• Extract Brewing – I haven’t done enough of this. I’m an habitual partial extract brewer with hopes and dreams of going all-grain in the future, but that takes time, space, and money. Because I’m moving into apartments on at longest a 12-month basis, maybe all-grain isn’t the best way to go for now. Extract brewing is also cheaper by far – I usually pay about $1.10 a beer on a basis of roughly  48 bottles per 5-gallon batch – and much quicker. It could also allow process-centric practice for all the little brewery its-and-bits. Any opportunity for homebrew practice is a good opportunity.
  • Hops and AAU/IBU calculations – I LOVE MATH. Especially Beer Math. I’ve always paid half-attention to alpha-acid percent in hops, and I like using whole-cone hops in my brews when financially possible. But getting down to the nitty-gritty math of it all can be a little bit overwhelming for the bro-tacular brewer. Here’s a few simple rules of thumb, taken directly from J. Palmer:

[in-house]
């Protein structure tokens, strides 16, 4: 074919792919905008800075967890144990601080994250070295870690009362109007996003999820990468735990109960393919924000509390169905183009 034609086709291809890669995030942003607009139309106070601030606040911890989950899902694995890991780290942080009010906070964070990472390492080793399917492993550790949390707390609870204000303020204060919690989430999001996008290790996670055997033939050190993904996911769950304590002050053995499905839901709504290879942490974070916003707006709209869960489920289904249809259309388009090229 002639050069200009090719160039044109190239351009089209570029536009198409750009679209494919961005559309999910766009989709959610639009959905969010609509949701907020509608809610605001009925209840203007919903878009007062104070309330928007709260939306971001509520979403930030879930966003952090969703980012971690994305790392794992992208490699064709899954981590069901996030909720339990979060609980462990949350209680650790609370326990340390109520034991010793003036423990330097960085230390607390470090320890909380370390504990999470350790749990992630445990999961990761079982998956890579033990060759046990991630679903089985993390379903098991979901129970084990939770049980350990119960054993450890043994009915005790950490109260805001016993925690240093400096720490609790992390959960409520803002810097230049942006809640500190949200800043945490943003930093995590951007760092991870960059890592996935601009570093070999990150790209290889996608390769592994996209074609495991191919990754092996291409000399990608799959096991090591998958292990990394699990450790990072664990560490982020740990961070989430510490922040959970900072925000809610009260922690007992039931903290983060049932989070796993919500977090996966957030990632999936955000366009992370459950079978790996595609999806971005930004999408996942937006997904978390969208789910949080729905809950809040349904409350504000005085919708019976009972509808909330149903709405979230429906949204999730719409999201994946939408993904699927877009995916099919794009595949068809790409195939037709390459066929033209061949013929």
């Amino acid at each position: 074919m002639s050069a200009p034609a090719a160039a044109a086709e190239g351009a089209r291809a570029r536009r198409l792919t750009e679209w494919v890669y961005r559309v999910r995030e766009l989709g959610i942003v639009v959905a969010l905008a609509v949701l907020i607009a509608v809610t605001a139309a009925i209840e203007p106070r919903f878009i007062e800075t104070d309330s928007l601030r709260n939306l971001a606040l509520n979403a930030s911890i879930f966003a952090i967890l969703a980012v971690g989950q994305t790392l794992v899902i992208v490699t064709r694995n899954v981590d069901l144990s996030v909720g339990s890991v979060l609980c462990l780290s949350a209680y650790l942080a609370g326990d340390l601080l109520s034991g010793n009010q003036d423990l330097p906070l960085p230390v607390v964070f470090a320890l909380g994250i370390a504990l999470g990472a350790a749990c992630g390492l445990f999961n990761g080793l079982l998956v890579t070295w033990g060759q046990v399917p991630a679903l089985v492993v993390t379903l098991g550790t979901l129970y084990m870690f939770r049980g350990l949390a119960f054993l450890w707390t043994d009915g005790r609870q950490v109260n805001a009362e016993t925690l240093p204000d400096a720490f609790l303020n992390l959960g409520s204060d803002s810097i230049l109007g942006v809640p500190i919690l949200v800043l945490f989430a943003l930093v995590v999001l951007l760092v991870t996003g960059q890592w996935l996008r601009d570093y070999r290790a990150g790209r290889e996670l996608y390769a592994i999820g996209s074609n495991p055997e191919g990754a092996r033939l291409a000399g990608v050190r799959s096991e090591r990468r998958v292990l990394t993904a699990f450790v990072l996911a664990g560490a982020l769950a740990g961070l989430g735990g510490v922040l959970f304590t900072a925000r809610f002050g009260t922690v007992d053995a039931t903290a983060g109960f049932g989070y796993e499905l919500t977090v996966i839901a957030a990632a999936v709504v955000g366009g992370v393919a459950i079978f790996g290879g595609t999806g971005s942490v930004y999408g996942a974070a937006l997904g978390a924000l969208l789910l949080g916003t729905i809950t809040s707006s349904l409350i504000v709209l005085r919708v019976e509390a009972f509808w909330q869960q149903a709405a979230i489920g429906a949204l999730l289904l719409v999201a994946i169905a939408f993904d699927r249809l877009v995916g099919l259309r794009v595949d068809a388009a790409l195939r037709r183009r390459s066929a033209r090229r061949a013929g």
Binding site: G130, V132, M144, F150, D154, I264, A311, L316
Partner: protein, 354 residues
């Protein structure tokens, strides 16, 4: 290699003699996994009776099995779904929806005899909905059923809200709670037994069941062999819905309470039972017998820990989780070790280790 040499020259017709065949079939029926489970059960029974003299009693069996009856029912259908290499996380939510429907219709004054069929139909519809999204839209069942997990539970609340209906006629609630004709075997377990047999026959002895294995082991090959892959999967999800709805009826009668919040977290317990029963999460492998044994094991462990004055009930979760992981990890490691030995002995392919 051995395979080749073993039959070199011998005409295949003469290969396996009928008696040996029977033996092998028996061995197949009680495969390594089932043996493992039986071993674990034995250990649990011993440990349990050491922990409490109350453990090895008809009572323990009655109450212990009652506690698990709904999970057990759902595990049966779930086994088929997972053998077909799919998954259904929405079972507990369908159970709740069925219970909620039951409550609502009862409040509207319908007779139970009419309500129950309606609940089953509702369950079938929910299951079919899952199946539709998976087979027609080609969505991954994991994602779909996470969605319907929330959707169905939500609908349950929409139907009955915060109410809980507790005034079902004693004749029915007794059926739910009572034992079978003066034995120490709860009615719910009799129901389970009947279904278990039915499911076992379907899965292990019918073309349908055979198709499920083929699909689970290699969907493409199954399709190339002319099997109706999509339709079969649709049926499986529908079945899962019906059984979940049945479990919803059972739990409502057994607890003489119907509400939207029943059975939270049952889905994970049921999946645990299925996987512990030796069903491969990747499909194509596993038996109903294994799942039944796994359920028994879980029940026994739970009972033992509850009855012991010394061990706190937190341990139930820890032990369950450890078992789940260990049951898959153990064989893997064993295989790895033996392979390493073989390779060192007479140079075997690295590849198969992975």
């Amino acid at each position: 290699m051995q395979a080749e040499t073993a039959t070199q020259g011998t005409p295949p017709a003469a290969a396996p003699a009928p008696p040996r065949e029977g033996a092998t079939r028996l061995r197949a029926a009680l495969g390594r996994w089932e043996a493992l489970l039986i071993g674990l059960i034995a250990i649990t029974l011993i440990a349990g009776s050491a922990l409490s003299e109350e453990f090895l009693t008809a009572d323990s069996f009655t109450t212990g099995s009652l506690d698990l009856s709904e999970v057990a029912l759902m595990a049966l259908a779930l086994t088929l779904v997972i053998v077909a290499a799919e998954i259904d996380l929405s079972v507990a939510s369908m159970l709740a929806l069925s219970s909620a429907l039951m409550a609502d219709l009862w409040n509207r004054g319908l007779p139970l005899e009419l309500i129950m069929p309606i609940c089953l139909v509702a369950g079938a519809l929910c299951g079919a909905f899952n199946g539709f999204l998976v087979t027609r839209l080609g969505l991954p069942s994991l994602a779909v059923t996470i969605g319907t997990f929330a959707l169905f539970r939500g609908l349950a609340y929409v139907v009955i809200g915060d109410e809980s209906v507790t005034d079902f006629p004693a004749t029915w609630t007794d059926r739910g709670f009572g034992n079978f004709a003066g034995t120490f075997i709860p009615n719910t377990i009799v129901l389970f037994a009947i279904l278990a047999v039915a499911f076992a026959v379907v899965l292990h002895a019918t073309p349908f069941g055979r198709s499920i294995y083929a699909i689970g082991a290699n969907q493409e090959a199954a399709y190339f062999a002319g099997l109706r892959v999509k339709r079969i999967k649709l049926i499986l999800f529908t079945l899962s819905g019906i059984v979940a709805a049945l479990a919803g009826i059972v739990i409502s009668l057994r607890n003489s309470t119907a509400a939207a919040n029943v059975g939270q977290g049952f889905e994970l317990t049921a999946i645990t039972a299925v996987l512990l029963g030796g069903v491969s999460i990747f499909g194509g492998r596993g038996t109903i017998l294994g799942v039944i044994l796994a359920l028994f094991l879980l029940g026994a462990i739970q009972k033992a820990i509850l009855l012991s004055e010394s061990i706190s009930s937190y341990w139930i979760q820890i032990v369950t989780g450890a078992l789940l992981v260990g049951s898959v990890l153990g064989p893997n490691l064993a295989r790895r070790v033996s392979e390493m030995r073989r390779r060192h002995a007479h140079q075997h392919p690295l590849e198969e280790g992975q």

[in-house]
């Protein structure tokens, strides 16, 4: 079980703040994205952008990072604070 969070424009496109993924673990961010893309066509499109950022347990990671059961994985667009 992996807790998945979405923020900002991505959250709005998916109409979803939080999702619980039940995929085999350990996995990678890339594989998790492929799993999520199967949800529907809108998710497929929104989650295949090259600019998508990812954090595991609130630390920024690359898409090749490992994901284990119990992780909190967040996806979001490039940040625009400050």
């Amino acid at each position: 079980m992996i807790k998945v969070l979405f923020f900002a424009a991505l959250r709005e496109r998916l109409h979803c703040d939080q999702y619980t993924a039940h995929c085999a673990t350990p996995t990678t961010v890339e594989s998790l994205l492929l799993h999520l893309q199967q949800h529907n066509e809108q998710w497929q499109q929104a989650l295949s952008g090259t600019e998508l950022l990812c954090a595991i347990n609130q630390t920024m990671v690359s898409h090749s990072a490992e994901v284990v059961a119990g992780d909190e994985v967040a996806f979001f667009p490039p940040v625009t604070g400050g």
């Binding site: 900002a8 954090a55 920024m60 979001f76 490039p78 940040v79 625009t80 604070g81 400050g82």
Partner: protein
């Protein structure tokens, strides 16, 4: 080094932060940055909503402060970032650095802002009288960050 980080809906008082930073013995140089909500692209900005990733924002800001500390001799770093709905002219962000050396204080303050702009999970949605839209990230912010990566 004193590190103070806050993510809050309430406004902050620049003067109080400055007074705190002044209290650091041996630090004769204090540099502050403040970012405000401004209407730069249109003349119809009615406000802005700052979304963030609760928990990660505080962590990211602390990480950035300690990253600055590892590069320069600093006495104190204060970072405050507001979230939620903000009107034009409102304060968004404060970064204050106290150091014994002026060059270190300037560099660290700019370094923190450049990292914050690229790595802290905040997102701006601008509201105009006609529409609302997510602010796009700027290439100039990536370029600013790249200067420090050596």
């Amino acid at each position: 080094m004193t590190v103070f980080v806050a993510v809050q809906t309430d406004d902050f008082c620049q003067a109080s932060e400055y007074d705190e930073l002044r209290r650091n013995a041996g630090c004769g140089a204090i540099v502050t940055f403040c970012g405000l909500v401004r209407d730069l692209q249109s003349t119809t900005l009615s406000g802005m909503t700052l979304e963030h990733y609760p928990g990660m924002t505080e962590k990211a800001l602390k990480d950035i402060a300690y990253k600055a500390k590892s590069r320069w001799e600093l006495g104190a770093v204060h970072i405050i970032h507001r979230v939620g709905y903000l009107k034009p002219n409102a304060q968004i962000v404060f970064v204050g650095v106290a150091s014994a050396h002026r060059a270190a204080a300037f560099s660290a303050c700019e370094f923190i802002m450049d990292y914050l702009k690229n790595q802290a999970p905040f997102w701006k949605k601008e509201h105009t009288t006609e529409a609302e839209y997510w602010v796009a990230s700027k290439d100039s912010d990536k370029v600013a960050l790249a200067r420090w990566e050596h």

• Alpha Acid Units (AAUs) are the standard unit of stating hop additions to your brew. It’s a system that allows for substitution of different hops for flavor without sacrificing bitterness, and it also allows for variable hop oil bitterness ratings for yearly hop crops (a.k.a., Centential 2011 may be more fruitful in oil than Centential 2012). To keep consistency, AAUs are used to describe how much alpha your beer gets from the hops.AAU = (%alpha)(weight in oz)For Example: 1.5oz of Cascade hops (5% alpha) in AAU: (5)(1.5) = 7.5 AAUs.
    • International Bittering Units (IBUs) are more commonly used in describing the actual beer as to how bitter it is. IBU is actually a measurement of how isomerized the alpha acids in the wort become as you boil it, which is also affected by the gravity (sugar content) of the initial wort boil. Isomerized alpha acids impart bitterness, ergo the more IBUs the more bitterness. These equations are complicated, and mostly empirical (fit to lots of test data) according to a scientist named Greg Tinseth who loves him some hops. If you want these equations, you can look up the tables on Google because I’m too lazy to type them. Or, you could just buy the damn book and look for yourself.
  • Fermeting conditions – I learned a lot here that can make my brewing SO much better.